By Harry C. Goodall Jr.
The Los Angeles County Board of Supervisors voted unanimously to permanently ban solitary confinement for juveniles. According to a report on KPCC radio, the assessment was based upon the psychological damage that can result from solitary confinement, which is a trigger for high recidivism.
After hearing the testimony of a former foster care youth, Supervisor Hilda Solis stated, “Using this archaic model of just throwing people into a room, when we’ve found out this doesn’t work…well, we want to do something else.”
Speaking at the hearing was Francisco Martines, 22, who said he endured solitary confinement in L.A. County Juvenile Hall when he was 17 years old and felt like a caged animal. He went on to add, “Conditions were small concrete dirty rooms, the walls covered in dirt, dried up spit. The mattress was so ripped up it felt like I was laying down on concrete or steel bars.”
He described the stay as a catapult that made him withdraw from his friends and family. When released from six weeks of custody, he stated, “I would go into my room and not talk to anyone for hours.
“They treated us like animals,” Martines said. “How do they expect us to act after we got out?”
Apparently, Martines was able to pull himself out of depression as he is now 22 and a student at Santa Monica College.
Many San Quentin inmates tell similar stories of being confined in solitary as juveniles.
Jason Samuel, 36, is serving a life sentence for attempted murder. Prison started in juvenile hall at age 17. He says, “I have been incarcerated for 19 years for my crime. I was homeless prior to arrest and had no parental supervision or guidance.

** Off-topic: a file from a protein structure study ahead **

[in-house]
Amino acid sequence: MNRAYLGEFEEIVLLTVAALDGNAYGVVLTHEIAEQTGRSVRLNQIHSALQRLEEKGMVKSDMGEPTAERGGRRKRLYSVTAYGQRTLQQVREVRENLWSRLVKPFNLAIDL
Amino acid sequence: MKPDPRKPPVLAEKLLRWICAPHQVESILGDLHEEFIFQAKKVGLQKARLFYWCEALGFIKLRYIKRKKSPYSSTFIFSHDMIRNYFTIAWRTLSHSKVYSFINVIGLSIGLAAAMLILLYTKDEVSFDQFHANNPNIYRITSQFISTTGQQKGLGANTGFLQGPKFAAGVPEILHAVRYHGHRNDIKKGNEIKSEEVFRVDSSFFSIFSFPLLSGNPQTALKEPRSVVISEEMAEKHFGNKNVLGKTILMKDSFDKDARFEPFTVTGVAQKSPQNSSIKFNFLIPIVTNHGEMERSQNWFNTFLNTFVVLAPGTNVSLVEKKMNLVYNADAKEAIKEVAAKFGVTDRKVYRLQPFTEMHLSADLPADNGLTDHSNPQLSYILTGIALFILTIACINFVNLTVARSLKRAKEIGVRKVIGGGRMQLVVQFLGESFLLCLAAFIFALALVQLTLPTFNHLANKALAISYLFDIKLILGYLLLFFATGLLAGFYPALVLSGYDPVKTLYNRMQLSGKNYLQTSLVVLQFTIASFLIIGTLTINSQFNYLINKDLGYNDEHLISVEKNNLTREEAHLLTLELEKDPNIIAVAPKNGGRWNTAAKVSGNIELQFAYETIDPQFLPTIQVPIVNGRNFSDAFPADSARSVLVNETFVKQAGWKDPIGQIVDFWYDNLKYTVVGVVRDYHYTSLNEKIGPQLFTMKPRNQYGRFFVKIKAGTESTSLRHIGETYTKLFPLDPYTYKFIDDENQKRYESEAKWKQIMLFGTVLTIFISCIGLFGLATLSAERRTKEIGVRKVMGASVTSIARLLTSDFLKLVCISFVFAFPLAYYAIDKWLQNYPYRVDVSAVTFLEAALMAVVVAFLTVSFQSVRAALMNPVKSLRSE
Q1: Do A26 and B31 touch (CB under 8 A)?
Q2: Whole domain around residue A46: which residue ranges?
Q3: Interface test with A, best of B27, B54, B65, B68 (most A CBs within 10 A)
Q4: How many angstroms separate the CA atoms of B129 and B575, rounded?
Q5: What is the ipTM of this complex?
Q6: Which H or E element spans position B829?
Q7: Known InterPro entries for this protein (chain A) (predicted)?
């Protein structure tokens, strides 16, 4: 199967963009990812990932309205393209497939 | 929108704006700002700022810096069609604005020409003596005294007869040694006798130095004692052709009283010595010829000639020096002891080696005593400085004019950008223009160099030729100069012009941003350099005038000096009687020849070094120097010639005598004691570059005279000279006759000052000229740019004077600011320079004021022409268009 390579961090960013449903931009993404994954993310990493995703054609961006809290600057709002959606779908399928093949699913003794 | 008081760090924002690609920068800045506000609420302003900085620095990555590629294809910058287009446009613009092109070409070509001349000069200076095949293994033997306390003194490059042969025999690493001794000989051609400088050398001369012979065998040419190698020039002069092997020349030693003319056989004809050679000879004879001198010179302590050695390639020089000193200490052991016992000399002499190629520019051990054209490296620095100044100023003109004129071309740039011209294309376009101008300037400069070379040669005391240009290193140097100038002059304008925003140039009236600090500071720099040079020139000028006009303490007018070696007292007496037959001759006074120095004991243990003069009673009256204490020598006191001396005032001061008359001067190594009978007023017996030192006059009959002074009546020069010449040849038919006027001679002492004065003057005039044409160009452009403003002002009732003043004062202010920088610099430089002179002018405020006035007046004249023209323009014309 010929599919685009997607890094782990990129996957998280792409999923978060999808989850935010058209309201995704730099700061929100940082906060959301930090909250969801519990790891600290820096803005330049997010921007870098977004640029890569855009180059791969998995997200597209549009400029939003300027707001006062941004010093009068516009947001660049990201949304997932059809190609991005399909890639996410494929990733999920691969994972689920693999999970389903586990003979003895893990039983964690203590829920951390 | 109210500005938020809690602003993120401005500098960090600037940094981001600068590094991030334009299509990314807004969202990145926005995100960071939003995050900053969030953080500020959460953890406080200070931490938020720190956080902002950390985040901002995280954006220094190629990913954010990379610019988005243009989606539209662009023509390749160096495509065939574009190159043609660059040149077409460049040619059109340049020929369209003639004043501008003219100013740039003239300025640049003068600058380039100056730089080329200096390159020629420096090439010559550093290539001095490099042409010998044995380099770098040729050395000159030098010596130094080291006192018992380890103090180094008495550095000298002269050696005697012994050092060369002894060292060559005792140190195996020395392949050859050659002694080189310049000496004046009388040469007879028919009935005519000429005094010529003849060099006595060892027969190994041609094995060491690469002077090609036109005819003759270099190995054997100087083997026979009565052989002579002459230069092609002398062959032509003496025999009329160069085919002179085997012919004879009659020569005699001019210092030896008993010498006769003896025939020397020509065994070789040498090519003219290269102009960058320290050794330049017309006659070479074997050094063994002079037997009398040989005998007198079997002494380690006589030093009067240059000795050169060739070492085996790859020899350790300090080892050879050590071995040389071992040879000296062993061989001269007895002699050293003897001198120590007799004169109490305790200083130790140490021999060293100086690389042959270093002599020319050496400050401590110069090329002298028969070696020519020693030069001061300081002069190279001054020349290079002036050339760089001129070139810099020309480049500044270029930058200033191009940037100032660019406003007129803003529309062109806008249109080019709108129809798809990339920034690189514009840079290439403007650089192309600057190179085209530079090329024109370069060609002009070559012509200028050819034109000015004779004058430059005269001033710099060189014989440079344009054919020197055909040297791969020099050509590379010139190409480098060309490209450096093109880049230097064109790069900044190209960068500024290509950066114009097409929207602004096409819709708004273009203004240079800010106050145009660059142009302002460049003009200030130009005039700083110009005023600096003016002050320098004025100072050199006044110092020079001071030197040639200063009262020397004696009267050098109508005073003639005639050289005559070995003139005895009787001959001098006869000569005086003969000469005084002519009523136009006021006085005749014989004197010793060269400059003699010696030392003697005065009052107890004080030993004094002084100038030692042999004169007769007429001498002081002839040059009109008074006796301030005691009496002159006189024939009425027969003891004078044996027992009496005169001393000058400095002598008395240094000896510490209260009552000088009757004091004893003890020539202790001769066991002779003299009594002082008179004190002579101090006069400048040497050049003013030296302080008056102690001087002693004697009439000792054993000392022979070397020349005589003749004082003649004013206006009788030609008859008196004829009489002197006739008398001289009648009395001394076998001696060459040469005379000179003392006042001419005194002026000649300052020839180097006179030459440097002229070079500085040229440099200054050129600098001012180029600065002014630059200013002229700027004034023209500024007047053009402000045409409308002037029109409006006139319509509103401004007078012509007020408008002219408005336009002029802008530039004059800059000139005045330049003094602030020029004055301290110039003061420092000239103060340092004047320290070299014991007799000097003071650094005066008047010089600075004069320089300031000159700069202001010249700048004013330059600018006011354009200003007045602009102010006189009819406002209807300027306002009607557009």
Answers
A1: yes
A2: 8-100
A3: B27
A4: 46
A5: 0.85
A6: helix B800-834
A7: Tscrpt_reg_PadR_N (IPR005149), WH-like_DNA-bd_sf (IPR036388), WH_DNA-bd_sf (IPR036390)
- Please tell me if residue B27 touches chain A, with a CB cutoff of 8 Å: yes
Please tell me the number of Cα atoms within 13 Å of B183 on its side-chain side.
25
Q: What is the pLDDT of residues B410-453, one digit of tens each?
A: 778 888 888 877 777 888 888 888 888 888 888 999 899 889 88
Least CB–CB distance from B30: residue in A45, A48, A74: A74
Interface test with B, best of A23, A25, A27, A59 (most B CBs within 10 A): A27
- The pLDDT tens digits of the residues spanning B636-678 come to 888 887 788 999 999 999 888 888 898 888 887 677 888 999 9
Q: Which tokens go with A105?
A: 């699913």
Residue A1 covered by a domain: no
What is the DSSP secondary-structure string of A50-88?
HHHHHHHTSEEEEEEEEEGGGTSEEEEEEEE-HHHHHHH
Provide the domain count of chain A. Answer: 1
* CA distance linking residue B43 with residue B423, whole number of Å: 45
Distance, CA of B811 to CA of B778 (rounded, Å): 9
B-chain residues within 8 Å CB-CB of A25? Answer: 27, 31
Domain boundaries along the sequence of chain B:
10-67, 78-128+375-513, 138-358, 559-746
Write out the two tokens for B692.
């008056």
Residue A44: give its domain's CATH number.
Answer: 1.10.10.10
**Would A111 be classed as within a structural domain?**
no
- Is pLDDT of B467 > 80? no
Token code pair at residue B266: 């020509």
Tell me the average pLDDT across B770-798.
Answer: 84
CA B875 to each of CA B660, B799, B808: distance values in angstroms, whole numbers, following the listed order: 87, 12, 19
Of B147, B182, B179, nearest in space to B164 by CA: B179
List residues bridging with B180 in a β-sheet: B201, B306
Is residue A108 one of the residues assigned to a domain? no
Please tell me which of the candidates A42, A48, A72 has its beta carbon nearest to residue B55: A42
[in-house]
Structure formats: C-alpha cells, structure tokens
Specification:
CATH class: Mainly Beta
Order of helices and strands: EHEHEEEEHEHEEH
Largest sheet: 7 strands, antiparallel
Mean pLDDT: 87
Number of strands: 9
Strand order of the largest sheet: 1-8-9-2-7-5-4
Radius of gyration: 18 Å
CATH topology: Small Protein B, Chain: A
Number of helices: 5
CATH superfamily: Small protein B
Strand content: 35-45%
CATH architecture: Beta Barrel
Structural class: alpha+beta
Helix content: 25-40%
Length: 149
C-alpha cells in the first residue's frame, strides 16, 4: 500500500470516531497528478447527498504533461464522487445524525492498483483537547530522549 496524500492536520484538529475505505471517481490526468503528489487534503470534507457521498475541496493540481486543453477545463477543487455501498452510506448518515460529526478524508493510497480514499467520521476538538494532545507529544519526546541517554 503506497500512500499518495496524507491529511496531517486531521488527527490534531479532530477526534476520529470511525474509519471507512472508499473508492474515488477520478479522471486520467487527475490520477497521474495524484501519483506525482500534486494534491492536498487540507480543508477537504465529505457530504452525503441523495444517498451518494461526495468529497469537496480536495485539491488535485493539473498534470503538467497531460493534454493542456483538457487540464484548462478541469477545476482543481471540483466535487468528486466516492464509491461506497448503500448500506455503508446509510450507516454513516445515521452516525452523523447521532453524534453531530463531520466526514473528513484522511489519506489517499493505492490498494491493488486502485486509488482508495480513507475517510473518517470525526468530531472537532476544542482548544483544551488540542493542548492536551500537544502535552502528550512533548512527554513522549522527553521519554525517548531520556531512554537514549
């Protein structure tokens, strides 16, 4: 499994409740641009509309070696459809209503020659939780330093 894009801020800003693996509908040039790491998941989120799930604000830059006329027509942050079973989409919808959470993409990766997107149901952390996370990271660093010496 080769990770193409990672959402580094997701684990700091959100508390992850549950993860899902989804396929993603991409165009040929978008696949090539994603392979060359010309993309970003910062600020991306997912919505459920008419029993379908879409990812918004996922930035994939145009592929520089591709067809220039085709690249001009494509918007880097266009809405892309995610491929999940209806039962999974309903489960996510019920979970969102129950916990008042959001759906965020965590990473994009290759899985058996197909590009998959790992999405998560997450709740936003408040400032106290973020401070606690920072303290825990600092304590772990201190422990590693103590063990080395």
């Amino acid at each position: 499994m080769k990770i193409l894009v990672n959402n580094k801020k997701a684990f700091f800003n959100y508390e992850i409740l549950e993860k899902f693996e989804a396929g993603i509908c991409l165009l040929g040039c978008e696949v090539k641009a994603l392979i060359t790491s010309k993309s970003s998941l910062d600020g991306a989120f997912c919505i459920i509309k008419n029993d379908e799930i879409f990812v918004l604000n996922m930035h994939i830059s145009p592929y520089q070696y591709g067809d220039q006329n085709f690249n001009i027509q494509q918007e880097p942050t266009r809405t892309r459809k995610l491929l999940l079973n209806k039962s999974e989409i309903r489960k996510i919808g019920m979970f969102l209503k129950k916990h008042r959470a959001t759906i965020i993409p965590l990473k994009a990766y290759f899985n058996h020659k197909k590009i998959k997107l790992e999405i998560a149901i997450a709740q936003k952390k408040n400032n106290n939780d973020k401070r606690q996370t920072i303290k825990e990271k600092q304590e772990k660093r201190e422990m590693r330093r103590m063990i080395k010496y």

“I went to Ad-seg for a fight. I felt isolated from the world while housed in there. I felt like the hole was actually prison, and the yard was the streets.
“I don’t feel anyone should be housed in the SHU,” he continued. “It drives you crazy. Yet we do need someone to talk to about our problems and get help with our problems.”
Mathew “Ed” Wards, 39, is serving 15 years to life for second degree murder. Incarcerated since age 16, he says, “I was a drug addict and a gang member and a criminal. I was the only child, and when I got out of school there was no one home, which led me to act out for attention.
“I ran the streets and wound up in juvenile camp. Camp fueled my anger, making me feel a sense of status. That fueled my criminal thinking and behavior. When placed back into custody I went to Ad-seg for smoking weed. I felt lonely, bored, depressed, withdrawn, scared and angry. I heard the officers assault my neighbor because he was making too much noise.
“My next placement in Ad-seg was for possession of a controlled substance. I felt alone like I was in a time warp. It was mentally taxing, a struggle to keep my spirits up and maintain sanity.”
If and when he leaves prison, Wards says, “I plan on mentoring the youth and public speaking, seeking to be a service to my community so no youth has to endure what I went through while in prison.”